I’m not implying that there are not real scams out there, there certainly are. There are those phony envelope stuffing schemes, chain letters, pyramid schemes, and perhaps the most successful one of all, that inheritance that suddenly has become yours from some rich philanthropist in Nigeria who has passed away and somehow their attorney or a family member has found you and wants to give you a large sum of money, yada yada yada. Now, pay attention class, those are scams. Remember, “by fraudulent means?”

So why is The Berry Tree being accused of being a scam? Several reasons. They charge a membership fee to join, we’ve already addressed that point. It takes time to make money and the bonus pools are small. The Berry Tree is not intended to be a get rich quick scheme. It is a compensation plan based upon growing and developing a deep and stable downline. The idea is not just to build numbers, but to build quality, distributors capable of reproducing themselves and duplicating the process downward. It takes time to accomplish this. Sure, this will pay less in the beginning, but over time, this process will produce significant long term passive residual income. The small bonus pools do not indicate a problem either, but quite the opposite. The company is entering a phase where more people are qualifying for those bonuses, which of course will deplete them somewhat. However, those same people are sponsoring new members and growing the business, which will in turn increase the bonus pools, over time. This perceived problem is in reality evidence of growth and stability.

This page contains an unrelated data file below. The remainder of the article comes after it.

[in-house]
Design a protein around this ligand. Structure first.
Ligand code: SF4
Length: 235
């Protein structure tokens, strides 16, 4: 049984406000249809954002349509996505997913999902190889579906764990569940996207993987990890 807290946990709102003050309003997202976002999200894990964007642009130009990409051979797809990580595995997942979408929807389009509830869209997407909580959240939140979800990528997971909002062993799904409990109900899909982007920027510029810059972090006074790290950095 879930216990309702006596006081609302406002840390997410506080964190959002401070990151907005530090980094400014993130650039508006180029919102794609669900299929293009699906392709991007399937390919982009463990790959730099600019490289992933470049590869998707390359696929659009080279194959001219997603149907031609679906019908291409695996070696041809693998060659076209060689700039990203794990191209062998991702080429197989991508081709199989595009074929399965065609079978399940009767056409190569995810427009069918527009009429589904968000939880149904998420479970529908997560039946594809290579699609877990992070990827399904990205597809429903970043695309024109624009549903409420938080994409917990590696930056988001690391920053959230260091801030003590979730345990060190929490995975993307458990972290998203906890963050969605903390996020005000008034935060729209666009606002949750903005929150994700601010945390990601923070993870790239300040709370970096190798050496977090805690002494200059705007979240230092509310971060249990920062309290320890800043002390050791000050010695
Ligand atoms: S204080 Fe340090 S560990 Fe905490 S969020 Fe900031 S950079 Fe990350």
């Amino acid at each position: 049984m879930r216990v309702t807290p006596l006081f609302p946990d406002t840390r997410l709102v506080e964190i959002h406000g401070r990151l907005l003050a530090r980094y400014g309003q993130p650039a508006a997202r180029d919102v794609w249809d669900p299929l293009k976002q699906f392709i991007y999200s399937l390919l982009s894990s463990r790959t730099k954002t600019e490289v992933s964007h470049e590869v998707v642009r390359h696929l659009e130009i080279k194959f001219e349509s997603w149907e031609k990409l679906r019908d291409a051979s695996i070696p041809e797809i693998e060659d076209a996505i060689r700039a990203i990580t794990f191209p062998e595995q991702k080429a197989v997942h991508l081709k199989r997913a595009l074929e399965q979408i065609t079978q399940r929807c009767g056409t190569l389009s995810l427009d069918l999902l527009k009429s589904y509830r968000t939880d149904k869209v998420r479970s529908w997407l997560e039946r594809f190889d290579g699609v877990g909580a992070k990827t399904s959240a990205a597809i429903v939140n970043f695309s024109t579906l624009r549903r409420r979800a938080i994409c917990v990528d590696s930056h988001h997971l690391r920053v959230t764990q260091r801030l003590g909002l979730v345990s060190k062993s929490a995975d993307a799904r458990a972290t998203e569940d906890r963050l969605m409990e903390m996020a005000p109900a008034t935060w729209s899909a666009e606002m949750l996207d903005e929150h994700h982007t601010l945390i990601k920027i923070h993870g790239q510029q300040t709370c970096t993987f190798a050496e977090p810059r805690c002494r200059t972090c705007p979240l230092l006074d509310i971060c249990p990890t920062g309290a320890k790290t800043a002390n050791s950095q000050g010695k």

To further solidify the legitimacy of this company they have applied for a U.S. Patent for their compensation and profit sharing plans. Would a company that is nothing more than a scam do such a thing? There will be a network television spot on The Berry Tree this fall on CNBC, Eye on America with Diane Sawyer. One would think that a company that intends to defraud people and rip them off would be taking measures to stay out of the limelight, rather than seek to be in it. Another thing this company does that lends credibility is to allow people to “test drive” the business, if you will, for a full month at no charge. Their btstartfree program gives prospective distributors a chance to use all the websites, all the training tools, everything and will even send them product samples to try, all they pay is the shipping cost. My suggestion to anyone wanting to know if this business is legitimate, go to their btstartfree.com site and check them out for yourself.

In summary, a scam is a fraudulent or deceptive act or operation, an attempt to make money by fraudulent means. It implies intent. Before slinging the word scam at this or any other MLM company, it would best to be sure of your facts. Poorly run companies, bad business models, people not making money due to their failure or their company’s, are not scams. They are problems for sure, but they’re not scams. Membership and franchise fees are not scams. Businesses fail, people fail, this is a fact of life. This does not make the company a scam. MLM is a solid business model and The Berry Tree is one of the best this author has ever seen, and I have seen plenty.